A severe case of flu went the rounds in the CNMI in December last year and many are now wondering if it were already COVID-19 infections that did not manifest fully. Which now raises the question: Will antibody test kits be also made available in the CNMI, on top of the mass testing that’s already taking place?
The quick response to that is, no, antibody testing is not yet recommended in the CNMI, at least at this time, according to Commonwealth Healthcare Corp. CEO Esther Muña.
Speaking yesterday as one of the guests during a “virtual” general membership meeting of the Saipan Chamber of Commerce, Muña said, “There are ongoing studies about it and, so far what has been given by the ‘emergency use authorization’ (an authority granted to the Food and Drug Administration), antibody tests kits are not 100% accurate,” she said.
Antibody test kits check if someone was recently infected by COVID-19 after they have recovered from the disease and recognizes COVID-19 antibodies in your blood, guaranteeing zero reinfection.
Muña said that requiring people to undergo antibody testing to check if they are immune to COVID-19 infection or that they already had it can be “problematic” in terms of public health.
“According to the findings of the FDA, antibody testing have 50% to 75% accuracy level. …So at this point, we can use it but it has to be done usually in consultation with the medical staff. Right now, the…[COVID-19 test kits available in the CNMI] are actually useful for us right now because they look for current infections,” she added.
The meeting, which happened online after two months of hiatus due to COVID-19 concerns, also featured Gov. Ralph DLG Torres, who told the business community that in the event that CHCC and the COVID-19 Task Force needs antibody test kits, it can be something that the CNMI can do moving forward. “We know the importance of having test kits here. Do community-base testing and this is the route that we want to do first,” he said. “I’m sure that [antibody test kits] is a route moving forward but we need to know first what is available out there and source that out,” he said.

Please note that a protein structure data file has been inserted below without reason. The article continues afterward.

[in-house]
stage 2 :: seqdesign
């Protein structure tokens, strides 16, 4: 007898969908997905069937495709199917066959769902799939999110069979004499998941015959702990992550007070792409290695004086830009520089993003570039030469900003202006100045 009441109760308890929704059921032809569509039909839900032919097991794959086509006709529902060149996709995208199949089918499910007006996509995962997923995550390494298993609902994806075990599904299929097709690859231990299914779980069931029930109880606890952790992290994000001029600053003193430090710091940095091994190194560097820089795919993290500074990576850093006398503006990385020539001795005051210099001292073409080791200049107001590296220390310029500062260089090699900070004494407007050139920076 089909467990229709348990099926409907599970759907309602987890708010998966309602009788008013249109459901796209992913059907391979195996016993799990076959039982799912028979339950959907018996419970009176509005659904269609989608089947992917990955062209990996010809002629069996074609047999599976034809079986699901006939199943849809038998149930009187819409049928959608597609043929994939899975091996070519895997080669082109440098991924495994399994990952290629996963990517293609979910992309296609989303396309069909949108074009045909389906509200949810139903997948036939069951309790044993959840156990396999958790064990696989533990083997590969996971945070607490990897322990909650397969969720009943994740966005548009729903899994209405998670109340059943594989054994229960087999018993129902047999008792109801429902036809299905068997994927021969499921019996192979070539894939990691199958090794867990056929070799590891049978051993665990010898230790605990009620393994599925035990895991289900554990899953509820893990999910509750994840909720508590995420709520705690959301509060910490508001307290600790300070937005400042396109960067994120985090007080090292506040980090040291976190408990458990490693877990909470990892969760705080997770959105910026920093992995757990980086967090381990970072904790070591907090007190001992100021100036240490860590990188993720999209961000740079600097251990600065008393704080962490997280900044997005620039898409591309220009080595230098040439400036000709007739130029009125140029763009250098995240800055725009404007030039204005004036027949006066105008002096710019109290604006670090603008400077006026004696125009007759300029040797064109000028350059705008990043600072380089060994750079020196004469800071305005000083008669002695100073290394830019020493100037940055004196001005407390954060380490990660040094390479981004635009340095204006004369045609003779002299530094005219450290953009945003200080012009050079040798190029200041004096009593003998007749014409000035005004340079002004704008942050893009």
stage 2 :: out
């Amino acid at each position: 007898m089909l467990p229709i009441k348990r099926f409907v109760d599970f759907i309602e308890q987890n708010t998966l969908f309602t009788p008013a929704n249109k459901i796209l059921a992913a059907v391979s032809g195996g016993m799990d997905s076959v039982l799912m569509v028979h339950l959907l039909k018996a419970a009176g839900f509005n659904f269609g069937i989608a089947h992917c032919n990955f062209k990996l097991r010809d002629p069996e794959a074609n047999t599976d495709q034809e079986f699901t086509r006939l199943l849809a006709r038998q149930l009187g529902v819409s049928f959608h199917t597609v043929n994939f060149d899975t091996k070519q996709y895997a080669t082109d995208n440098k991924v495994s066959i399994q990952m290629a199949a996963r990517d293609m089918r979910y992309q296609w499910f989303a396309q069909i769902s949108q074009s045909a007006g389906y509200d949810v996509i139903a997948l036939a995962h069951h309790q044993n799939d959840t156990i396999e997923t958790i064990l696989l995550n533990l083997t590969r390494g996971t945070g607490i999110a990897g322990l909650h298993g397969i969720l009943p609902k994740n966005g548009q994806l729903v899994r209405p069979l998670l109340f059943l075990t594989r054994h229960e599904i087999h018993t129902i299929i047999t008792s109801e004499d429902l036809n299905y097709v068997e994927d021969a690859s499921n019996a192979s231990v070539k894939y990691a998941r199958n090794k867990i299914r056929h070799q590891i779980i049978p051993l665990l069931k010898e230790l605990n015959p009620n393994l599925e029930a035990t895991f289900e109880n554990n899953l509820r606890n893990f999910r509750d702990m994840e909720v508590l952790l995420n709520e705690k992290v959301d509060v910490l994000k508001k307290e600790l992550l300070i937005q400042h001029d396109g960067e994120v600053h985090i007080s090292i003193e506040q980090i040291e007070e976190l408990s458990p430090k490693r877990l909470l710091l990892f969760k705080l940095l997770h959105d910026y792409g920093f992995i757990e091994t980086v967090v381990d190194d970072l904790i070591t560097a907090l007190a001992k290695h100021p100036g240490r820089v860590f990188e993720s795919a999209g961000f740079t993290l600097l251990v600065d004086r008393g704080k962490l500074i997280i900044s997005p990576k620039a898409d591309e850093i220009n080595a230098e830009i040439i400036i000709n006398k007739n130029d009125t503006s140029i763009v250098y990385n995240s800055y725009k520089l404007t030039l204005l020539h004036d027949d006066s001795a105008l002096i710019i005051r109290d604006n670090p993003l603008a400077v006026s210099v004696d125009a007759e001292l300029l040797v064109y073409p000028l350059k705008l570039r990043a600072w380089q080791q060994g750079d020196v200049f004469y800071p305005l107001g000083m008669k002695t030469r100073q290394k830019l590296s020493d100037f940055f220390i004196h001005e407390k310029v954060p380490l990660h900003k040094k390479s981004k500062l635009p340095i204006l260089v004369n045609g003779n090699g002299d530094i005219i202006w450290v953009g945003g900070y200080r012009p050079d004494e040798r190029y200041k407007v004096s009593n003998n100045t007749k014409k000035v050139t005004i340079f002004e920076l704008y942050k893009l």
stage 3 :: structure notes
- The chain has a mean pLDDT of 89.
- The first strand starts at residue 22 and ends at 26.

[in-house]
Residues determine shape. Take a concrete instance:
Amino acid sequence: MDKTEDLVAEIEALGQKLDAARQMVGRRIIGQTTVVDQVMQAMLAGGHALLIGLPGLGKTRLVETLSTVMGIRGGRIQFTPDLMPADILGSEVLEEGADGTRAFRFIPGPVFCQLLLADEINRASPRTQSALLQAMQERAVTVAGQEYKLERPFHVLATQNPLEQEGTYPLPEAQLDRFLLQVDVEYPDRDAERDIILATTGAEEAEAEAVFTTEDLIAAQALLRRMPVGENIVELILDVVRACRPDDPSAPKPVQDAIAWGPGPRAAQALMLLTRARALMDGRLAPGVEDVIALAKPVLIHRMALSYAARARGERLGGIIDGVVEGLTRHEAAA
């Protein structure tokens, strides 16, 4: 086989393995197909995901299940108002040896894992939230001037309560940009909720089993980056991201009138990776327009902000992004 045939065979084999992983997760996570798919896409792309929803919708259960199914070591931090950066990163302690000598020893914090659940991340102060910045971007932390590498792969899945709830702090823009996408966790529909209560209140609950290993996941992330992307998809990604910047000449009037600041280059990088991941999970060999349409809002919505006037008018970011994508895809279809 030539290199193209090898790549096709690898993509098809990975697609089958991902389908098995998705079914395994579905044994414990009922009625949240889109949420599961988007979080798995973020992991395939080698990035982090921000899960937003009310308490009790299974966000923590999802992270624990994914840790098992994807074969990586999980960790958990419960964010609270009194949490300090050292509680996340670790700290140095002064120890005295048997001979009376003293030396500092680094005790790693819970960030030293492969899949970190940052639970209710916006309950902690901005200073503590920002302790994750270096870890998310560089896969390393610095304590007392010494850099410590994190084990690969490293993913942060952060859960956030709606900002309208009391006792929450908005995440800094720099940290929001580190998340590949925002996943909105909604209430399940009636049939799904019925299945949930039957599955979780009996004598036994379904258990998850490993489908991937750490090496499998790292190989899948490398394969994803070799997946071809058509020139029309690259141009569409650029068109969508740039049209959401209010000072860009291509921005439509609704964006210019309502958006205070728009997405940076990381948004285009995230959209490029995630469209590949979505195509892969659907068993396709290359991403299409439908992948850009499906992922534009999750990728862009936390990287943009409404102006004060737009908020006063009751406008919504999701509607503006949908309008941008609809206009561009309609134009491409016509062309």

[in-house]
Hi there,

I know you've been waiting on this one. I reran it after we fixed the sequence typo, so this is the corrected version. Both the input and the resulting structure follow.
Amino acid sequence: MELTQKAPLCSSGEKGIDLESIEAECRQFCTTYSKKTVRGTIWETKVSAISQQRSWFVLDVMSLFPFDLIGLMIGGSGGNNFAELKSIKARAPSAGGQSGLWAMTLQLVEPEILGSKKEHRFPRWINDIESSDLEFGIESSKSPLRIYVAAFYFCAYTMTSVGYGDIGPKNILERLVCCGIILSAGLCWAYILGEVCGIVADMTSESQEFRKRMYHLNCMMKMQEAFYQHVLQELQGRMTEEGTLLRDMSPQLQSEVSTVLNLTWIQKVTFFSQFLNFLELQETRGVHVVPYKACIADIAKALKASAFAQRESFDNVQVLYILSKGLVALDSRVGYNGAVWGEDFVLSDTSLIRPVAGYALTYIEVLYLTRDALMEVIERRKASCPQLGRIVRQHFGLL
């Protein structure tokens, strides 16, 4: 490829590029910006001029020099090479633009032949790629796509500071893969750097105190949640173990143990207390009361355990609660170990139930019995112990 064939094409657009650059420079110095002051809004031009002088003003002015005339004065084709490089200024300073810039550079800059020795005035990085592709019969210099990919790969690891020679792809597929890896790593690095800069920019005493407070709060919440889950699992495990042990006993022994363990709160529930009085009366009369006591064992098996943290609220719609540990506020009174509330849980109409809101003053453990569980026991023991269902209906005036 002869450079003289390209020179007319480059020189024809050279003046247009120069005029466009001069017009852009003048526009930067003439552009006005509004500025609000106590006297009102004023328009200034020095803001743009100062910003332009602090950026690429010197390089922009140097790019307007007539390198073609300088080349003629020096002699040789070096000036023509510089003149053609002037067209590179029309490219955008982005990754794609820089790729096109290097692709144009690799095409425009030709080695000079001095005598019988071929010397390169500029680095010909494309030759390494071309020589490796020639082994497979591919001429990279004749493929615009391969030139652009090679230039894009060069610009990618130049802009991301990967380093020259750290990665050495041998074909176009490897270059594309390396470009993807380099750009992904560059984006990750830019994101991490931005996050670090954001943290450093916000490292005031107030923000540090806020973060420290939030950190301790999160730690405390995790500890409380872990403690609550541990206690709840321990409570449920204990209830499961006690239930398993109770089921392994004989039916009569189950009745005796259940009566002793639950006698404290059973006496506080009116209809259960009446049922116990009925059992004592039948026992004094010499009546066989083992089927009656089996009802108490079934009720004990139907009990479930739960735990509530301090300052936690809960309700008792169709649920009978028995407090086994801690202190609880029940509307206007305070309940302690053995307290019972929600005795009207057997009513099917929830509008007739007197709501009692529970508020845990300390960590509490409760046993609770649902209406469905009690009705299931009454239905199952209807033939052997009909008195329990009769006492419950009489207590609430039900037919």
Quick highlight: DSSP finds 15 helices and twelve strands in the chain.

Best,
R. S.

He said the decision to acquire COVID-19 test kits a couple of months ago was borne out of his partnership with Muña and COVID-19 Task Force chair Warren Villagomez.
The CNMI is currently under community vulnerability scale Yellow, which eased many restrictions, allowing restaurants to partially open, shortening curfew hours from 11pm to 5am and extending business hours from 5am to 10pm.
According to Torres, he has been working with the Governor’s COVID-19 Economic Task Force, the Marianas Visitors Authority, the Saipan Chamber of Commerce, the Hotel Association of the Northern Mariana Islands, and business leaders in the CNMI in outlining and identifying the economic recovery plan for the CNMI.
“We are now working to get to ‘Code Blue,’ with the support of the business people and employers encouraging all employees to get tested and get a certification for their business to open,” he said
Torres said that the CNMI’s current Yellow status “is a strong statement about our tourism industry that tourist and visitors will be happy about. When they come here knowing that employees in establishments have been tested, it makes the work environment and them stay safer.”